Can we talk video pinball for a second? Real pinball is awesome and fun and a whole bunch of other stuff, but I've always enjoyed the impossible, innacurate world of video pinball much more. On the surface, video pinball looks just like normal pinball, but actually playing such games feels entirely different. Their physics are often floaty and unrealistic, and that adds to their charm. Mastering these physics, which varies from game to game, is part of what makes these games so fun. Figuring out which angles and velocities different parts of the flippers will yield, being able to predict how bumpers will react to the ball. That sort of stuff. This is an ancient genre with thousands of games over the years that still continues today with releases like Pinball FX and Zen Pinball. Here's a look back at my favorite video pinball games throughout history:
Pinball Dreams, Pinball Fantasies, Pinball Illusions
This is one of those series that refuses to die and just keeps on coming back. It was originally a series of Amiga pinball games, but they've been ported to just about everything since, including iOS, the GP32, various game consoles like the Atari jaguar and SNES, numerous PCs, and even less capable hardware like the C64. My first run in with the series was Pinball Dreams on the GP32, but I've since played numerous ports, my favorites being the iOS and Amiga CD32 versions. Developed by Digital Illusions CE (AKA DICE, the battlefield people), each of these games contained 4 themed tables. This game aimed more for realism than most video pinball games, and thus the tables often felt like they could have been real, actual tables without sacrificing too much. You had typical themes like circus', or urban life, along with slightly more interesting themes like a haunted house. This is a solid, low-frills pinball game series that has survived because it deserves to. Standard versions of these games have MOD music, but the Amiga CD32 versions have a special, and absolutely incredible, redbook audio soundtrack that is indicative of early-mid 90's house music.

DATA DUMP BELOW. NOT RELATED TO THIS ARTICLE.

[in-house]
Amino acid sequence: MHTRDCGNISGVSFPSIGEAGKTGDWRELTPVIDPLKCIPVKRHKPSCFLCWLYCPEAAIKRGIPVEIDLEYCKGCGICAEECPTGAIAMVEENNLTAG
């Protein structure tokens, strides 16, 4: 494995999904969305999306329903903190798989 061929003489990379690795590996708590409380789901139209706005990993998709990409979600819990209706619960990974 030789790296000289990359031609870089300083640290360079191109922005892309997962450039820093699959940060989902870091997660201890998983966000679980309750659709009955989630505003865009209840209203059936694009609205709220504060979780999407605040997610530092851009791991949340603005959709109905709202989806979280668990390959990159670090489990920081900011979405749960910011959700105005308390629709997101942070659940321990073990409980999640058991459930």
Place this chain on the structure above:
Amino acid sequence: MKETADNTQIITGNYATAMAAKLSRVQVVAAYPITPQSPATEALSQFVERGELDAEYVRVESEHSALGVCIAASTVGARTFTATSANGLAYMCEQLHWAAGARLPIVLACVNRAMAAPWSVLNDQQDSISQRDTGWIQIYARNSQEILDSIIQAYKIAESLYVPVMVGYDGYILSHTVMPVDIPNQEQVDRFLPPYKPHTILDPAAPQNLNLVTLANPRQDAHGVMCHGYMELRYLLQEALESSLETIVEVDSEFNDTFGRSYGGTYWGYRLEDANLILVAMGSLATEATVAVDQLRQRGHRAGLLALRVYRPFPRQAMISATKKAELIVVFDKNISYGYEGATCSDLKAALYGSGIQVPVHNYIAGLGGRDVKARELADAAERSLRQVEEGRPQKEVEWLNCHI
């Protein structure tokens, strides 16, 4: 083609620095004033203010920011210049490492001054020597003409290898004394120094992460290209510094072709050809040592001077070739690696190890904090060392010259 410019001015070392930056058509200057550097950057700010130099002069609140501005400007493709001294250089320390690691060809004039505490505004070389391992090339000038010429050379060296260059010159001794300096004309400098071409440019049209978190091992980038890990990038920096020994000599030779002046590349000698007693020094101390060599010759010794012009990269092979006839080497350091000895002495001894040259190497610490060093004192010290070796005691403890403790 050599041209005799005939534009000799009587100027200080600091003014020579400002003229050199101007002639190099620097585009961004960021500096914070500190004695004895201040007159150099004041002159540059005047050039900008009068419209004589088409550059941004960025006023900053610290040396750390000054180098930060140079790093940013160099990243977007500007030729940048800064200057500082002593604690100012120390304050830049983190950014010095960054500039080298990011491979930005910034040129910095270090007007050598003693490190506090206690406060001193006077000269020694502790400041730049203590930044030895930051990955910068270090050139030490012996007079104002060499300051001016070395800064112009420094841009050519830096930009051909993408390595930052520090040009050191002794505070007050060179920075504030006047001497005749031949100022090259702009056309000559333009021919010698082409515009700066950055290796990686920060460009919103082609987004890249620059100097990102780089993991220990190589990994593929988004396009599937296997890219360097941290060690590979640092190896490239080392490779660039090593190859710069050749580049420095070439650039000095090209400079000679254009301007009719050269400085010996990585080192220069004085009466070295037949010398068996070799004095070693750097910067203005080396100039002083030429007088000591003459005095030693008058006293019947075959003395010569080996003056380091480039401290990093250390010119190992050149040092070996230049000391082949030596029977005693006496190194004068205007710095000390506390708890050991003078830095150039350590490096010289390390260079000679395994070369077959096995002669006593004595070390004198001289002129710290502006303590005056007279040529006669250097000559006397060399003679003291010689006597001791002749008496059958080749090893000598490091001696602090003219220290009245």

Just as capable as Pinball Dreams/Fantasies/Illusions, but with a much more exotic and impossible design, Epic Pinball has to be my favorite video pinball game of all time. A gem from the glorious golden days of DOS gaming, I'd dare say that no single pinball game has had more variety in its tables than Epic Pinball. the game, when ordered (or collected) included a staggering 12 tables. These range from traditional action pinball tables like Android, to score-attack tables like Crash and Burn, to an awesome action-game tie-in with a Jill of the Jungle table, to, my personal favorite - Enigma, a table completely impossible in real life with warps and invisible areas and trippy, acid-induced visuals. The soundtrack rocks a soundblaster 16 card and is written by the same dude who did Jazz Jackrabbit and One Must Fall 2097's soundtrack, so you know that you're getting a breakbeat, house-inspired soundtrack. This is from the days when Epic did more than Unreal and Gears. It's been recently re-released on iOS as Retro Pinball. Epic Pinball was unique in that it didn't adhere to the typical shareware model - rather, each individual table was distributed as shareware which could be purchased for cheap, and would install into a common folder, so that, as you collected the shareware demos, you'd gradually unlock the entire game. I actually got the full version of this game, in 12 full-sized boxes, from a promotion blockbuster video was doing in the mid 90's.